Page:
It all began with a handshake and a hamburger steak at Raceway Grill
By Melissa Rollins
In a moment of nostalgia, and a little bit of a homecoming, Dale Jarrett stopped by the Raceway Grill on August 30 to talk with fan and share the story of how he became the driver of the 88 car.
“This is a place I’ve been coming since I was (a small child) and so many things happened around this racetrack, this event,” Jarrett said. “Here in 1965, we actually lived in Camden, South Carolina not far from here, my dad ended up winning that race that day, the Southern 500. That was the only Southern 500 for the Jarretts; I didn’t have the opportunity to win that. I won here a few times but not the Southern 500.”
That race day sticks with Jarrett all these years later, for more than one reason.
“He set a record that day that still stands today; he won the race by 14 laps, which is pretty incredible,” Jarrett said. “That was a great day; I remember it. I was excited that my dad won but I was more excited when we got to Victory Lane and Doc and Festus from Gunsmoke were there. That was the coolest thing I had seen and done in my life at that point, for a kid who was nine-years-old.”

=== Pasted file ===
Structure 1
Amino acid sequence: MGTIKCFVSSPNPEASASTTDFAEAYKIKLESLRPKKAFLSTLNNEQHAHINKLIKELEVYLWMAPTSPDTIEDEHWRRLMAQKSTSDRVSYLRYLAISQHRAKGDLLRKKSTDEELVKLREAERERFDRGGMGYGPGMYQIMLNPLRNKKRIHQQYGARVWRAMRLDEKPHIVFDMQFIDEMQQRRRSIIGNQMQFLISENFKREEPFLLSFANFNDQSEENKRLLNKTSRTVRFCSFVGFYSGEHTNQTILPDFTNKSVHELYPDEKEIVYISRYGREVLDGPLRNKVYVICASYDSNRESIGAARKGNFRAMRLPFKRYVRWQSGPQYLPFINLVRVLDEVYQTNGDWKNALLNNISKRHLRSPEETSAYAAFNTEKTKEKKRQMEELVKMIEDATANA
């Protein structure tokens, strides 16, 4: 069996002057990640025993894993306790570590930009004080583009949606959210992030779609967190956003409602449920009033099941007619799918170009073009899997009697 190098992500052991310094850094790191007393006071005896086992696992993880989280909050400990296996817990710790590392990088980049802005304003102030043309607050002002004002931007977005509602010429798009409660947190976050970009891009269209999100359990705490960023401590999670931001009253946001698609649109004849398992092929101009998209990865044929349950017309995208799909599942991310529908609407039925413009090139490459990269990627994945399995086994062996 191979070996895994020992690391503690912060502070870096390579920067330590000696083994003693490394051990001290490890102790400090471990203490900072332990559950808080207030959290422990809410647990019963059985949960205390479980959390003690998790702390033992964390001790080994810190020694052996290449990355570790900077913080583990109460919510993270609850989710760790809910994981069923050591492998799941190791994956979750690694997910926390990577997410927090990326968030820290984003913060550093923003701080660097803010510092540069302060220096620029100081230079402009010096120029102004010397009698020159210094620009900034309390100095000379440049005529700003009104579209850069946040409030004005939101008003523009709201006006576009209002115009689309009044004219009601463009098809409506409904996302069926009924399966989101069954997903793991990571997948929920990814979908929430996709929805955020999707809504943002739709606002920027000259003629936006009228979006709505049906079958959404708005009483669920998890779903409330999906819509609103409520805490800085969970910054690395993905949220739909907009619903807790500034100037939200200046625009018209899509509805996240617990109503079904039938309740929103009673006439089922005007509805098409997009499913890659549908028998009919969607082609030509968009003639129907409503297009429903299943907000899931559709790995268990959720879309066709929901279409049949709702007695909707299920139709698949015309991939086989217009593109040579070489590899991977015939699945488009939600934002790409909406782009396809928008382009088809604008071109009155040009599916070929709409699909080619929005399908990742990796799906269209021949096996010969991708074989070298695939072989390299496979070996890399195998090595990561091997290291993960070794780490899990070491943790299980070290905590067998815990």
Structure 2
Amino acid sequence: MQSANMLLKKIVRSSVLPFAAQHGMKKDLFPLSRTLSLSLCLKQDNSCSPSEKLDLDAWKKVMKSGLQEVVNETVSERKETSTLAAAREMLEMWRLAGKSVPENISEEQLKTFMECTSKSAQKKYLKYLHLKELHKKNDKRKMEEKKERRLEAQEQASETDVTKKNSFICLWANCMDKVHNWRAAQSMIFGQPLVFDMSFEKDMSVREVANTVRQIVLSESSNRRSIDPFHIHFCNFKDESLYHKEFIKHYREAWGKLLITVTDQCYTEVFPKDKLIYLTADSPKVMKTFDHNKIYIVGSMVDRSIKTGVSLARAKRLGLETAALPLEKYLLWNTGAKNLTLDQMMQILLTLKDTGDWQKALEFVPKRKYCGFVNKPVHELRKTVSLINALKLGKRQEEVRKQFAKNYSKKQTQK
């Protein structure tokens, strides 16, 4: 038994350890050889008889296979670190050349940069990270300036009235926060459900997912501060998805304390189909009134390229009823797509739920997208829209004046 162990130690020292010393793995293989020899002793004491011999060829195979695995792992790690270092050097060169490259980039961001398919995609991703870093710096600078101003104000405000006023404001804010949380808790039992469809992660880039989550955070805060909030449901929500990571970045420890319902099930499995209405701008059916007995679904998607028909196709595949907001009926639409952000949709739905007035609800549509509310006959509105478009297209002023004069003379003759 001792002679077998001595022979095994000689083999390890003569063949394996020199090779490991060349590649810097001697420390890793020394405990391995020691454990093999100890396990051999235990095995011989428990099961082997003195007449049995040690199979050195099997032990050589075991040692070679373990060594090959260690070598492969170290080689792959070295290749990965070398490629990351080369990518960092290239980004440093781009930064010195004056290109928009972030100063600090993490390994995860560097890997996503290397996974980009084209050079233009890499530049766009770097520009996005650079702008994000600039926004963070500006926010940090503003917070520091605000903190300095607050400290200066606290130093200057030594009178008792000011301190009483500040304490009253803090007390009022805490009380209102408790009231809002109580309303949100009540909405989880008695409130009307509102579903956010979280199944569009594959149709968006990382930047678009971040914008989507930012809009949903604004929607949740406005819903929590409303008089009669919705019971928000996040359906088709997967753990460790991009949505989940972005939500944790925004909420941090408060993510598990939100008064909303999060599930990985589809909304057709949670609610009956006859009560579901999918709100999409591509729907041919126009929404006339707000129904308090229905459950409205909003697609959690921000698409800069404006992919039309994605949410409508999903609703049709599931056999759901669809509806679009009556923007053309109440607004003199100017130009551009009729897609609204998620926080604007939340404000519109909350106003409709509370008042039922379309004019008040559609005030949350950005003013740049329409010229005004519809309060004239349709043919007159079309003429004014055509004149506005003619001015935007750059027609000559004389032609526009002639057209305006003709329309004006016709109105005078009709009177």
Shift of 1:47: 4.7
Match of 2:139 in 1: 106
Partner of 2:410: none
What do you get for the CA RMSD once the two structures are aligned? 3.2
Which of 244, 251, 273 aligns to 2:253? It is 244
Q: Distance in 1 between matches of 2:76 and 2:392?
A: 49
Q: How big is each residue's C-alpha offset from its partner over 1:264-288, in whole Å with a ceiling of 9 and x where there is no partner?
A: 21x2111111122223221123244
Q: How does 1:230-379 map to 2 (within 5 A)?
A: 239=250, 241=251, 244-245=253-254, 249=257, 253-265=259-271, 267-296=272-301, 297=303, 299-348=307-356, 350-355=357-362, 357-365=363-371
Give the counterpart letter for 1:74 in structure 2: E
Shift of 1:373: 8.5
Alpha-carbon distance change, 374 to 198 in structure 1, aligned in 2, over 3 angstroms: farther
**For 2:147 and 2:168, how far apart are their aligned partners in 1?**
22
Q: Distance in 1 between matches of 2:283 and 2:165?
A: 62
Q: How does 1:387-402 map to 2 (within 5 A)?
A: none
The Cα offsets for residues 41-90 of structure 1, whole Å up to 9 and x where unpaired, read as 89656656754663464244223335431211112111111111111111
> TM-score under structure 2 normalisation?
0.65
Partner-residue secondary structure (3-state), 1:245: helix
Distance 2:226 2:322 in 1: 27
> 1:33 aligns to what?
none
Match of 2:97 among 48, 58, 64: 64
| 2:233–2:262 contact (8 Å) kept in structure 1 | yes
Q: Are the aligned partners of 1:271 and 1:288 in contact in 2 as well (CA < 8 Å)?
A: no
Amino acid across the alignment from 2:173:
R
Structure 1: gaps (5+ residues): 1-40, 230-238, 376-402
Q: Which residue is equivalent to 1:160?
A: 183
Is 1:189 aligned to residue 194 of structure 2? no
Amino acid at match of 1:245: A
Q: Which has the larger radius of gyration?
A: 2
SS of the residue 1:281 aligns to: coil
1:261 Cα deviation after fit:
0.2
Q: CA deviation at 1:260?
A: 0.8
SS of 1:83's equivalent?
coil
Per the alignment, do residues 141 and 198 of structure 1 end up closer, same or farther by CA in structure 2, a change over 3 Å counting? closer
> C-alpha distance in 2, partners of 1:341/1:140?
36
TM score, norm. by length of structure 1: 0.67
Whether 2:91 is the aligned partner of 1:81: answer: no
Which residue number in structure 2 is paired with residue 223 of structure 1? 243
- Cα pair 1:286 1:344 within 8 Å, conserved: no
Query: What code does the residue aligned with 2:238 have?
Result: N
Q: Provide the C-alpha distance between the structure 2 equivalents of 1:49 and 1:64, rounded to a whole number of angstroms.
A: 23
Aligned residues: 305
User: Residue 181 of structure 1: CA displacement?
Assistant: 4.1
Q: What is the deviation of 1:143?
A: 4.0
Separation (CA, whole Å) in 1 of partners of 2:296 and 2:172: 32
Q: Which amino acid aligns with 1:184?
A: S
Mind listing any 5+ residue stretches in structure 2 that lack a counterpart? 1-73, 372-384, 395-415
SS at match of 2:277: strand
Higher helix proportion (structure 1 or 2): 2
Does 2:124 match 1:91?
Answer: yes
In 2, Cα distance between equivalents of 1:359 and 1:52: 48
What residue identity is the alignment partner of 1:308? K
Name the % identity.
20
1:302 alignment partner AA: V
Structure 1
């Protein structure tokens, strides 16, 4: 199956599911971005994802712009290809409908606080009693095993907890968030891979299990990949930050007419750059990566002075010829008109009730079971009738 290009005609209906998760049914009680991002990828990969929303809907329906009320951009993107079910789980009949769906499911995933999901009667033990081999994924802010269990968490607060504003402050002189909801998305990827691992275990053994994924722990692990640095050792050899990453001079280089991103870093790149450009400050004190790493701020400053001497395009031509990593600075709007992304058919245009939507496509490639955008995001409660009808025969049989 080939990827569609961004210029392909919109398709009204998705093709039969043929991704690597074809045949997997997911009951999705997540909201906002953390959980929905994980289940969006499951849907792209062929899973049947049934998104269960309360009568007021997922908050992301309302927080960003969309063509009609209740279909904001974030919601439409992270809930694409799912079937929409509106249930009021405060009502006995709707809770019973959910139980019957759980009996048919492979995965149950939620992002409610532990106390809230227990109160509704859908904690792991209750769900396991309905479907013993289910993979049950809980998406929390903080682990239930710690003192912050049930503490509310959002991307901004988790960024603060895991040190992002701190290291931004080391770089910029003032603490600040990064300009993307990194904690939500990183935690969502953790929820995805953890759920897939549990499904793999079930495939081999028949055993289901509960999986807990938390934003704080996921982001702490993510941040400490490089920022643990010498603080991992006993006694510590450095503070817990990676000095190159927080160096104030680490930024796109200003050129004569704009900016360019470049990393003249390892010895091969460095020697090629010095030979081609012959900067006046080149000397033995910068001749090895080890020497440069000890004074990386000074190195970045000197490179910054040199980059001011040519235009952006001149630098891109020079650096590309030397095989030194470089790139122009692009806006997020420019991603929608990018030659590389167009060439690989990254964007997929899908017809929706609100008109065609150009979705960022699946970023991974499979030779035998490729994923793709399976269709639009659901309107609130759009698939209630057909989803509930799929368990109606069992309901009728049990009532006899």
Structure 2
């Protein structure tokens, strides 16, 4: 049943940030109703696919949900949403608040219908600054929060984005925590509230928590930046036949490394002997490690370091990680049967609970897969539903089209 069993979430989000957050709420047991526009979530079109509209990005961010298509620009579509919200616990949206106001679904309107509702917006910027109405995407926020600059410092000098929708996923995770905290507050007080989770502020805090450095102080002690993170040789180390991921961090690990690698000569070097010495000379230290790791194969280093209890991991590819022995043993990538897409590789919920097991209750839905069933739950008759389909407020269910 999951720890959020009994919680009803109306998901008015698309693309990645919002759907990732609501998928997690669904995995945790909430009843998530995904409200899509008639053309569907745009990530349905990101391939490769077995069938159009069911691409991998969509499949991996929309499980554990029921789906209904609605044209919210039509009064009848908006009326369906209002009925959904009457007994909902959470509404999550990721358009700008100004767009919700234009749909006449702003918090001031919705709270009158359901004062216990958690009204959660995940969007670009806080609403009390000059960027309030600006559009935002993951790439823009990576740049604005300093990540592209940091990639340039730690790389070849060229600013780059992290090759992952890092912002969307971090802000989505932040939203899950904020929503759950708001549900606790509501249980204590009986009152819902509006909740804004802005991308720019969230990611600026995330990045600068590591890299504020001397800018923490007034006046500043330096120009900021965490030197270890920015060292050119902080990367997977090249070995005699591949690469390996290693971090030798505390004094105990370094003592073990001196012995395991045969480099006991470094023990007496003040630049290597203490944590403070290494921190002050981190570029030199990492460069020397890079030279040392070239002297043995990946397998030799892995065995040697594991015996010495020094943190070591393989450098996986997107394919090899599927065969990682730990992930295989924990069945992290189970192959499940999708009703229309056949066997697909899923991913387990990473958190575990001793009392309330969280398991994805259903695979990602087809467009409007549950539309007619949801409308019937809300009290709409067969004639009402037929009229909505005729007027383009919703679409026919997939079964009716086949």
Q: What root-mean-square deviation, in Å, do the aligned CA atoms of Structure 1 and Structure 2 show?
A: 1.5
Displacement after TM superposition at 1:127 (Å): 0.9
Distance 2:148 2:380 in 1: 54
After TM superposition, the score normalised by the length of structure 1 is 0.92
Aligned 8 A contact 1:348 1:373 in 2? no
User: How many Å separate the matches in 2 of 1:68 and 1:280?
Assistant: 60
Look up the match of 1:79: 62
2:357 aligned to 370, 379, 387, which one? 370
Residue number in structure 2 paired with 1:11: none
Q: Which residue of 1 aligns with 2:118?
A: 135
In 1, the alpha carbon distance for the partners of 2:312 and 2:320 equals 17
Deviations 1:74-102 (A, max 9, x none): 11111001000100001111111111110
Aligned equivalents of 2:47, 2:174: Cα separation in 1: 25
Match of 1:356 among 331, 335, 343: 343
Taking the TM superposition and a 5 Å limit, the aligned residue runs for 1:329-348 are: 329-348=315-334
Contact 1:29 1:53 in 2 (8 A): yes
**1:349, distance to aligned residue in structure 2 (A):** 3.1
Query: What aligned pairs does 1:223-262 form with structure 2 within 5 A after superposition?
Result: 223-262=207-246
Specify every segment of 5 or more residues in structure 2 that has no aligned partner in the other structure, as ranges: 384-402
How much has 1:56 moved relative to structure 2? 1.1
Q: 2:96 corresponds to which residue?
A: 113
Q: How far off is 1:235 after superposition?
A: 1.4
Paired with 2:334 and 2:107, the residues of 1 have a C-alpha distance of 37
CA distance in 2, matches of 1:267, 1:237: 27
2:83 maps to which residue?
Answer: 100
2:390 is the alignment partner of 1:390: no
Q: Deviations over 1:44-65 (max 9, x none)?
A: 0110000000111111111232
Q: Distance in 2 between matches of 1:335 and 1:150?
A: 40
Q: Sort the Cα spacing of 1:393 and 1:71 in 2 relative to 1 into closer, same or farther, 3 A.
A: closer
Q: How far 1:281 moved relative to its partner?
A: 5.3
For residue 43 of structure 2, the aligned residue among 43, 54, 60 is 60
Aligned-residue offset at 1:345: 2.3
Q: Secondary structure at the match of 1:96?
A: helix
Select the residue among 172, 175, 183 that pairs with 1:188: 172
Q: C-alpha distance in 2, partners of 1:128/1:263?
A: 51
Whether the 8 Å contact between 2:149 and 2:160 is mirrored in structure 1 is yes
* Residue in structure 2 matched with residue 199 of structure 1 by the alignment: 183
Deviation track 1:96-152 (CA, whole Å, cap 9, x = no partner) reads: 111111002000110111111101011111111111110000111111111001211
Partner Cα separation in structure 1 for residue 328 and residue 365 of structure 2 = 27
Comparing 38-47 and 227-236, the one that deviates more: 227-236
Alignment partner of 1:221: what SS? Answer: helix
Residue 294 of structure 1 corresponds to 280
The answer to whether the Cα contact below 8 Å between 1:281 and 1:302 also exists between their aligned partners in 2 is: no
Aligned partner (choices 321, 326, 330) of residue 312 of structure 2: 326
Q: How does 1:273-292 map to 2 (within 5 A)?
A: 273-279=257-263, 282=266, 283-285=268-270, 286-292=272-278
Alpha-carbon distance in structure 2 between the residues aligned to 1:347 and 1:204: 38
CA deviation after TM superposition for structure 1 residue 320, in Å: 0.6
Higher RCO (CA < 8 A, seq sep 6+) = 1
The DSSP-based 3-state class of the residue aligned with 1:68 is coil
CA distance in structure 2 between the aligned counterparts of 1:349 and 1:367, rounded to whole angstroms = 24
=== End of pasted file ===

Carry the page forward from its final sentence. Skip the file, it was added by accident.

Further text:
Fast-forward 30-years from that win and Jarrett himself is behind the wheel.
“In 1995, I was driving the 28 car for Robert Yates,” Jarrett said. “I had signed a one-year deal to do that. I was looking to take my, at the time, Busch Grand National Series team and start my own cup team. Robert was going to supply the engines. We had all of these things worked out and just a couple of weeks before we were supposed to show up here, I had a meeting with a sponsor and was getting ready to sign a deal to do that. Ford was trying to get Robert to start a second team. His explanation to Ford was ‘When they make Victory Lane big enough for two cars, that’s when I’ll have a second team.”
As fate would have it, the insistence of Ford would pay off for Jarrett.
“Robert and Ford decided that they were going to have a second team,” Jarrett said. “We came into the Raceway Grill on a Friday after qualifying for the Southern 500…we sat down here and ate and discussed what was going to happen, who we were looking at for crew chief.”
Jarrett had some ideas but so did Yates.
“As we were eating, Robert was writing on a napkin sitting at the table,” Jarrett said. “He said, ‘This is a three-year deal for you. Are you good with this?’ and handed me a napkin. There were a few numbers on it and I said that I was good with it. That was my contract. We shook hands but I didn’t have an actual signed contract until the middle of 1996. We went to Daytona in our first race and won the Dayton 500 and I figured I was pretty secure at that point.”